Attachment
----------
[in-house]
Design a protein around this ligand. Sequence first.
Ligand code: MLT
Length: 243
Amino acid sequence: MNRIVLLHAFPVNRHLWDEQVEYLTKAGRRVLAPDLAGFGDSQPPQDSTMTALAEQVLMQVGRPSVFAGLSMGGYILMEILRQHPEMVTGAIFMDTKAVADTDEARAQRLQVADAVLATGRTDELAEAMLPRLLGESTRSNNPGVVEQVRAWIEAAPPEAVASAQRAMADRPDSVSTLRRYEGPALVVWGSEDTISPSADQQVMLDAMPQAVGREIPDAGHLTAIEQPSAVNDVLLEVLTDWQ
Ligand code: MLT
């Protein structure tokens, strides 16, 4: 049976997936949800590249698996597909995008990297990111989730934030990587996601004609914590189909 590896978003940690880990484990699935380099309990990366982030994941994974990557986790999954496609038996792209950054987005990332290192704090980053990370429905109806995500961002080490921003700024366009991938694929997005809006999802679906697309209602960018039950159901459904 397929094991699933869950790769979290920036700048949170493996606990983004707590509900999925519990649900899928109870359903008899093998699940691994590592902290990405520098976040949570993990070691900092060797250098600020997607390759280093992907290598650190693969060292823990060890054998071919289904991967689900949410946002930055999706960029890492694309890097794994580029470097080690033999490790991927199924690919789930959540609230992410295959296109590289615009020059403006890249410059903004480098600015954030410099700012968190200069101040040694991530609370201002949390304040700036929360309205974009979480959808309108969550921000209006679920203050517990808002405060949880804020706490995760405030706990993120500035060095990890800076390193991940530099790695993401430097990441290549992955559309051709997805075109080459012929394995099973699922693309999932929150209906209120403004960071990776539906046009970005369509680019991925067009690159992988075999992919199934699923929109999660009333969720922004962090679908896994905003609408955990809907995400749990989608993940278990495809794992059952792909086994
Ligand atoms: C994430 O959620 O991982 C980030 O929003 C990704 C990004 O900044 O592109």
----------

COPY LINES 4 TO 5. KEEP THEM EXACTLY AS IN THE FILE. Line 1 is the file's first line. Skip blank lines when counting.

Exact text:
Length: 243
Amino acid sequence: MNRIVLLHAFPVNRHLWDEQVEYLTKAGRRVLAPDLAGFGDSQPPQDSTMTALAEQVLMQVGRPSVFAGLSMGGYILMEILRQHPEMVTGAIFMDTKAVADTDEARAQRLQVADAVLATGRTDELAEAMLPRLLGESTRSNNPGVVEQVRAWIEAAPPEAVASAQRAMADRPDSVSTLRRYEGPALVVWGSEDTISPSADQQVMLDAMPQAVGREIPDAGHLTAIEQPSAVNDVLLEVLTDWQ